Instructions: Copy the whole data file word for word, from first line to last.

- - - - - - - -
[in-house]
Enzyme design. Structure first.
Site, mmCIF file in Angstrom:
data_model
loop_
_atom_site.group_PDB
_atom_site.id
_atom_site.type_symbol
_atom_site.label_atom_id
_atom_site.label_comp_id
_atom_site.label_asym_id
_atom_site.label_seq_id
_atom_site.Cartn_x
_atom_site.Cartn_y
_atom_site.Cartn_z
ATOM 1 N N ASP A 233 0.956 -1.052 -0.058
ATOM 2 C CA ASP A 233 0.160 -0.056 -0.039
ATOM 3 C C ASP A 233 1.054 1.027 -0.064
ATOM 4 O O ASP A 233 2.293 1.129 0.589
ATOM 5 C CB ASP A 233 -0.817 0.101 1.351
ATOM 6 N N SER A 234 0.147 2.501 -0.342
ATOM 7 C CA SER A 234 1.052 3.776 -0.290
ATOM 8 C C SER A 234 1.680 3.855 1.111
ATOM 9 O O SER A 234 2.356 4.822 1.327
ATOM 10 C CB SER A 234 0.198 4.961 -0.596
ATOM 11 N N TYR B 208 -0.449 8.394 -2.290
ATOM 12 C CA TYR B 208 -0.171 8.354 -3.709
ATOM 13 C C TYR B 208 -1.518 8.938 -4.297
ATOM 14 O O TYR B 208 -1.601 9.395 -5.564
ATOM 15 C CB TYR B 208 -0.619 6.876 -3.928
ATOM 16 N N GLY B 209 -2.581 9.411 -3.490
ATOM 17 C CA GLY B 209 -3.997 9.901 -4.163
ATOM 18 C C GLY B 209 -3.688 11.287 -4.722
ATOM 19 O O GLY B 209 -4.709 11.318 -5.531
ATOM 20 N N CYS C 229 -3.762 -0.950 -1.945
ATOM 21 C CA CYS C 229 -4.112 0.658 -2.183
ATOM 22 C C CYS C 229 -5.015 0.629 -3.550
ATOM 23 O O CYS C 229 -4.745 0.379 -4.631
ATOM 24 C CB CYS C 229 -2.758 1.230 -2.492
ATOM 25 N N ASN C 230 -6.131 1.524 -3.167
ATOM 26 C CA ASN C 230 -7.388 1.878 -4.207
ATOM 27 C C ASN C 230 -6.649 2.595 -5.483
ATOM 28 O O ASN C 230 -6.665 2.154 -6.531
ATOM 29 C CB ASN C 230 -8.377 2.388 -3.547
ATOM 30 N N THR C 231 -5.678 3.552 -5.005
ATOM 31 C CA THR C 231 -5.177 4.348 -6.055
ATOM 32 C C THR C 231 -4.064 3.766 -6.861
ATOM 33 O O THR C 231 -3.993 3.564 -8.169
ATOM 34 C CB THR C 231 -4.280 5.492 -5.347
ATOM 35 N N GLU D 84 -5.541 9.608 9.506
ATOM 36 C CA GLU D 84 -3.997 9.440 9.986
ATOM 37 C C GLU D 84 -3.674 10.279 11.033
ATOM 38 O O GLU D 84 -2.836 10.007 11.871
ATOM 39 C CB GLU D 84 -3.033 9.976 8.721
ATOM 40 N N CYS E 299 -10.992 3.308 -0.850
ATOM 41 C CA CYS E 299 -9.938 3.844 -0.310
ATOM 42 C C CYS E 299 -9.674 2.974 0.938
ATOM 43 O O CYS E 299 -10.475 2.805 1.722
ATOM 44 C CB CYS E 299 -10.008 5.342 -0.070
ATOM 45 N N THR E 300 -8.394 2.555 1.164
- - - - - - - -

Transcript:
[in-house]
Enzyme design. Structure first.
Site, mmCIF file in Angstrom:
data_model
loop_
_atom_site.group_PDB
_atom_site.id
_atom_site.type_symbol
_atom_site.label_atom_id
_atom_site.label_comp_id
_atom_site.label_asym_id
_atom_site.label_seq_id
_atom_site.Cartn_x
_atom_site.Cartn_y
_atom_site.Cartn_z
ATOM 1 N N ASP A 233 0.956 -1.052 -0.058
ATOM 2 C CA ASP A 233 0.160 -0.056 -0.039
ATOM 3 C C ASP A 233 1.054 1.027 -0.064
ATOM 4 O O ASP A 233 2.293 1.129 0.589
ATOM 5 C CB ASP A 233 -0.817 0.101 1.351
ATOM 6 N N SER A 234 0.147 2.501 -0.342
ATOM 7 C CA SER A 234 1.052 3.776 -0.290
ATOM 8 C C SER A 234 1.680 3.855 1.111
ATOM 9 O O SER A 234 2.356 4.822 1.327
ATOM 10 C CB SER A 234 0.198 4.961 -0.596
ATOM 11 N N TYR B 208 -0.449 8.394 -2.290
ATOM 12 C CA TYR B 208 -0.171 8.354 -3.709
ATOM 13 C C TYR B 208 -1.518 8.938 -4.297
ATOM 14 O O TYR B 208 -1.601 9.395 -5.564
ATOM 15 C CB TYR B 208 -0.619 6.876 -3.928
ATOM 16 N N GLY B 209 -2.581 9.411 -3.490
ATOM 17 C CA GLY B 209 -3.997 9.901 -4.163
ATOM 18 C C GLY B 209 -3.688 11.287 -4.722
ATOM 19 O O GLY B 209 -4.709 11.318 -5.531
ATOM 20 N N CYS C 229 -3.762 -0.950 -1.945
ATOM 21 C CA CYS C 229 -4.112 0.658 -2.183
ATOM 22 C C CYS C 229 -5.015 0.629 -3.550
ATOM 23 O O CYS C 229 -4.745 0.379 -4.631
ATOM 24 C CB CYS C 229 -2.758 1.230 -2.492
ATOM 25 N N ASN C 230 -6.131 1.524 -3.167
ATOM 26 C CA ASN C 230 -7.388 1.878 -4.207
ATOM 27 C C ASN C 230 -6.649 2.595 -5.483
ATOM 28 O O ASN C 230 -6.665 2.154 -6.531
ATOM 29 C CB ASN C 230 -8.377 2.388 -3.547
ATOM 30 N N THR C 231 -5.678 3.552 -5.005
ATOM 31 C CA THR C 231 -5.177 4.348 -6.055
ATOM 32 C C THR C 231 -4.064 3.766 -6.861
ATOM 33 O O THR C 231 -3.993 3.564 -8.169
ATOM 34 C CB THR C 231 -4.280 5.492 -5.347
ATOM 35 N N GLU D 84 -5.541 9.608 9.506
ATOM 36 C CA GLU D 84 -3.997 9.440 9.986
ATOM 37 C C GLU D 84 -3.674 10.279 11.033
ATOM 38 O O GLU D 84 -2.836 10.007 11.871
ATOM 39 C CB GLU D 84 -3.033 9.976 8.721
ATOM 40 N N CYS E 299 -10.992 3.308 -0.850
ATOM 41 C CA CYS E 299 -9.938 3.844 -0.310
ATOM 42 C C CYS E 299 -9.674 2.974 0.938
ATOM 43 O O CYS E 299 -10.475 2.805 1.722
ATOM 44 C CB CYS E 299 -10.008 5.342 -0.070
ATOM 45 N N THR E 300 -8.394 2.555 1.164